And, unlike other meetings, which drew hundreds opposing an airport, the 3 p.m. last hurrah of sorts, is expected to pass with little fanfare. HLRA Executive Director Mike McGee said the board received “very few” comments during the month-long public comment period that precedes this week’s meeting.
While plan tweaks and, in some cases, acreage reconfigurations had been fairly common throughout the process of late, McGee said he expects the only adjustment to be a change in location for the Bucks County Housing Group’s planned homeless housing. Instead of being situated at the site of the Navy Lodge, the 70 townhouses – a change from the 30 one to two bedroom apartments – are planned for a roughly 10-acre area near the Horsham Air Guard Station.
In fact, McGee said ironing out the few remaining wrinkles in a legally binding agreement for homeless housing is the final obstacle – except for any modifications requested by the federal government - upon submitting the plan by the March 31 deadline.
The 862-acre plan comprises roughly 1,400 total housing units, a town center, office park, open space, an aviation museum, a new middle school for Hatboro-Horsham School District and a road network through the base.
“I will be absolutely shocked if the plan as submitted doesn’t come back to us, particularly from (the U.S. Department of Housing and Urban Development), with comments,” McGee said.
Some Patch users have expressed displeasure with homeless housing being integrated into the plan, a notion that McGee said the federal government mandates as part of the base redevelopment process.
The “fear” that many share, according to Nancy Szamborski, Bucks County Housing Group executive director, is that a homeless shelter would be built in the midst of a suburban landscape. That is and has never been the plan, Szamborski said.
“We’re trying to build something that people would be proud to live in … We don’t want it to stand out and look like a housing project,” Szamborski said. “They don’t want something that’s going to be a blight and we don’t either. We want to blend into the community. We want to be a good neighbor. You want this to be an asset to people who are already here.”
Szamborski, who before joining Bucks County Housing Group had worked for the Navy for 20 years as a civilian, had spent half of her time working at the 1,100-acre parcel formerly known as Naval Air Station Joint Reserve Base Willow Grove.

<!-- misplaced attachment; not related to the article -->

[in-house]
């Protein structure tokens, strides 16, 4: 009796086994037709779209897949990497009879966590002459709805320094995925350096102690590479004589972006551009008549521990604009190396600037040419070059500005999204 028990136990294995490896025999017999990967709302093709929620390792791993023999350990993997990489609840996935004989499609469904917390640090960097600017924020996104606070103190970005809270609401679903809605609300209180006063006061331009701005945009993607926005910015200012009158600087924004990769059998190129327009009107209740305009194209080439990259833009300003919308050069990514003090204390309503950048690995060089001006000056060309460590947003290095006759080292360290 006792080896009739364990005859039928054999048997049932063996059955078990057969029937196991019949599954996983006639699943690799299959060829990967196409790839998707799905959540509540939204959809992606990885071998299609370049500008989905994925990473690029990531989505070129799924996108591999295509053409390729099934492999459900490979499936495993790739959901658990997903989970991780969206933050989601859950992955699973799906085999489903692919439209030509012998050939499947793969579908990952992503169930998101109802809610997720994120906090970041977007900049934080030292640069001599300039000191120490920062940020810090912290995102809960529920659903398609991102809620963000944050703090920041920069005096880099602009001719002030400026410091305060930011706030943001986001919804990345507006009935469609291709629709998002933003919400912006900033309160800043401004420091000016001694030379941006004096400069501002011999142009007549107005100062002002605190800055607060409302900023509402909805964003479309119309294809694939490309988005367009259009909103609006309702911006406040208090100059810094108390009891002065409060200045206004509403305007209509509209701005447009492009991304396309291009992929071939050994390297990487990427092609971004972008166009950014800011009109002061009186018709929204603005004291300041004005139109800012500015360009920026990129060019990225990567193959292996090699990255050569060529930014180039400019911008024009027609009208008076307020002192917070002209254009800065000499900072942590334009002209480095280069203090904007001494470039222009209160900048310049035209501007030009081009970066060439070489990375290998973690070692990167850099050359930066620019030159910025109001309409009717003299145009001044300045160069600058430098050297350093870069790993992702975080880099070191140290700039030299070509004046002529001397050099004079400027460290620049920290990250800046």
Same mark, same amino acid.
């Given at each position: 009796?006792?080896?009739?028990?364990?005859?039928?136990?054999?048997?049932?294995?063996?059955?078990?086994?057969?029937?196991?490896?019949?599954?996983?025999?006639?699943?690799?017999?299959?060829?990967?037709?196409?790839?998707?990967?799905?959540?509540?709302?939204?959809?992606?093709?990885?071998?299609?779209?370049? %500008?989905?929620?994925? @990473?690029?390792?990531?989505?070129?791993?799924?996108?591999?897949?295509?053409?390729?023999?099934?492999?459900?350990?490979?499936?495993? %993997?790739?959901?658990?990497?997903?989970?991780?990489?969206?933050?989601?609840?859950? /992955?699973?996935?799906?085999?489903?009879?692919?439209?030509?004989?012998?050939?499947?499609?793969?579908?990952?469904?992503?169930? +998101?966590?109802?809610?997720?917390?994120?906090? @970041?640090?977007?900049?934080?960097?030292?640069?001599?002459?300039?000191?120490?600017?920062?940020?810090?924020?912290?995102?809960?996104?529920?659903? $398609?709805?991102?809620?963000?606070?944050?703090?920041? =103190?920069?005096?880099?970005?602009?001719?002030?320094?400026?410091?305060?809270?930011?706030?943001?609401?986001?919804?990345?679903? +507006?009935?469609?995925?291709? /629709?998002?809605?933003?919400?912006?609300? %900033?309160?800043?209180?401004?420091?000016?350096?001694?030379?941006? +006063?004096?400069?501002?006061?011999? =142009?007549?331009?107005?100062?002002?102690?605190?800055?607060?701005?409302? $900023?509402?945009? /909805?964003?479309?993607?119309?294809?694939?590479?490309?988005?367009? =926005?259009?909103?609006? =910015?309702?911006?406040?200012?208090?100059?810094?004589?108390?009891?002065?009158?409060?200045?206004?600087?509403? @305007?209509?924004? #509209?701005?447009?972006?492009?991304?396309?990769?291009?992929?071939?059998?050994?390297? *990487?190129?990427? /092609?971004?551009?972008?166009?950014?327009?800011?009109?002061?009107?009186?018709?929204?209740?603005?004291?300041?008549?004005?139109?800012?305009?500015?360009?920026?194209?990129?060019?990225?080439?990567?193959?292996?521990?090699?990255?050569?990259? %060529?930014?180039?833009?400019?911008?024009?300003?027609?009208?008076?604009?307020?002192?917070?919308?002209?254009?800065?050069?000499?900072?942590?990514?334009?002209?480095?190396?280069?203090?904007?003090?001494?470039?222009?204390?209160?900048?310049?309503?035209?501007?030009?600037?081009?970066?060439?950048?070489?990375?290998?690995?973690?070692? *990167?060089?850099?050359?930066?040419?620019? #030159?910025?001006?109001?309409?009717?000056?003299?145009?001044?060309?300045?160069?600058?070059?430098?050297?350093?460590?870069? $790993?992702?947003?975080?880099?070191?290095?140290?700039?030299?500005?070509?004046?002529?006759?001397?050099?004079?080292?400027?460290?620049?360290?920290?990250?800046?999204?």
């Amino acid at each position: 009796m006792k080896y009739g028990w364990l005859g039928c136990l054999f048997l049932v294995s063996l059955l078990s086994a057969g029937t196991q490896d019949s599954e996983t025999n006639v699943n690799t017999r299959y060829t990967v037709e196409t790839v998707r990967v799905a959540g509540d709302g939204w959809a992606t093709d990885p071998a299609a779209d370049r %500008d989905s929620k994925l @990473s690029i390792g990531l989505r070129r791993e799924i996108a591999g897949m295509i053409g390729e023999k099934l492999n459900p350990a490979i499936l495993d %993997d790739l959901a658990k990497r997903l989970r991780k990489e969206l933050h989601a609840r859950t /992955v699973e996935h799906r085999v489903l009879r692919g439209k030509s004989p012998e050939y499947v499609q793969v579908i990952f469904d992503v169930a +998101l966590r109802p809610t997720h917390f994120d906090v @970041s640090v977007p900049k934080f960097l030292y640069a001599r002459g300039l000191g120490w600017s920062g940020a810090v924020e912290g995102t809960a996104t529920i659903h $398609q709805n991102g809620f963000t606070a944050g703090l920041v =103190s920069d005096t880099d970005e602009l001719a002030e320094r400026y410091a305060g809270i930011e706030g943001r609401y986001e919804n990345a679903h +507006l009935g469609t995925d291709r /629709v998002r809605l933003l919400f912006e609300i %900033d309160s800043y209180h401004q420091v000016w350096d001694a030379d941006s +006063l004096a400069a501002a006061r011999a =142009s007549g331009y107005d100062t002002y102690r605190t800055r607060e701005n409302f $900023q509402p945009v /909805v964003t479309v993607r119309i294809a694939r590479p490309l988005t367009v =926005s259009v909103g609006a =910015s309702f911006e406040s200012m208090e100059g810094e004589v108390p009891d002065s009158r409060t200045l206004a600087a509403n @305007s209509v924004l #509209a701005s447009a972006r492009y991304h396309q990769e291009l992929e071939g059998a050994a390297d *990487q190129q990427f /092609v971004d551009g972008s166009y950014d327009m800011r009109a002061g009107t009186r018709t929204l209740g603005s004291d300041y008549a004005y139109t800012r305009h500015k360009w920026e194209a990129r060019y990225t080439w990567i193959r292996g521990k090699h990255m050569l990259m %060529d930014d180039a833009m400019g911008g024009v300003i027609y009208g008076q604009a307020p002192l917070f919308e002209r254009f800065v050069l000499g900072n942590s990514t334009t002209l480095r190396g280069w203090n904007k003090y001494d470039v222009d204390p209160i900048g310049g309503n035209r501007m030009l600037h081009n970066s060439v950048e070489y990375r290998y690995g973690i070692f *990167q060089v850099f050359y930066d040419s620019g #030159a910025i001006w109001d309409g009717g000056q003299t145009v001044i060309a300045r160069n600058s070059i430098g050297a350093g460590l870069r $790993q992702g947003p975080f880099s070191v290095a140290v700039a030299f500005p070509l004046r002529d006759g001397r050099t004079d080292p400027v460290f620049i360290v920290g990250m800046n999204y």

Because of her service there and because of the decades of service of the men and women who were stationed there, Szamborski said it’s only right that disabled veterans be “prioritized” for the housing. Dubbed permanent supportive housing, the occupant would pay 30 percent of the rent to live there and would be provided with services that would help them become self sufficient, Szamborski said.
“They may be people who came back from one of the wars and have a disability and they’ve fallen on hard times,” she said. “Maybe somebody lost a job.”
On average, people live in the homes for about four years, she said.
“People don’t necessarily stay homeless forever,” Szamborski said. Speaking from experience, Szamborski said she was once homeless.
“My husband died, I had an infant, I had no place to live,” Szamborski said, adding that she moved in with family. “That’s what the homeless people look like in Bucks County more and more. In suburban areas, the face of homelessness is different than in an urban area.”
How the homeless housing portion of the plan will evolve is unknown. McGee estimated that discussions and revisions would be “ongoing probably for years.”
With the redevelopment plan for Willow Grove air base all but signed, sealed and delivered to the federal government, McGee said the “planning” HLRA’s duties are winding down. He anticipates monthly meetings to continue for at least the next three to four months and as needed when items come back for review, or revisions.
“It’s not over ‘til it’s over,” McGee said.
If Horsham Township Council and the HLRA collectively agree to move forward in requesting an economic development conveyance, as was discussed previously, both entities would need to determine if an “implementing” HLRA should be formed.
“It traditionally is a different organization, a different corporation containing different people,” McGee said. “You need money people and people accustomed to doing transactions.”
As for if and when a new HLRA board will be formed, McGee said he would not know that answer until he hears from the township council – and after the final redevelopment plan is submitted to the Department of Defense.
“(The federal government) will never recognize an implementing LRA until a plan is submitted,” McGee said.
McGee expects that last local hurdle to be overcome Wednesday afternoon when the HLRA meets at 3 p.m. in the Horsham Township Community Center to adopt its reuse plan.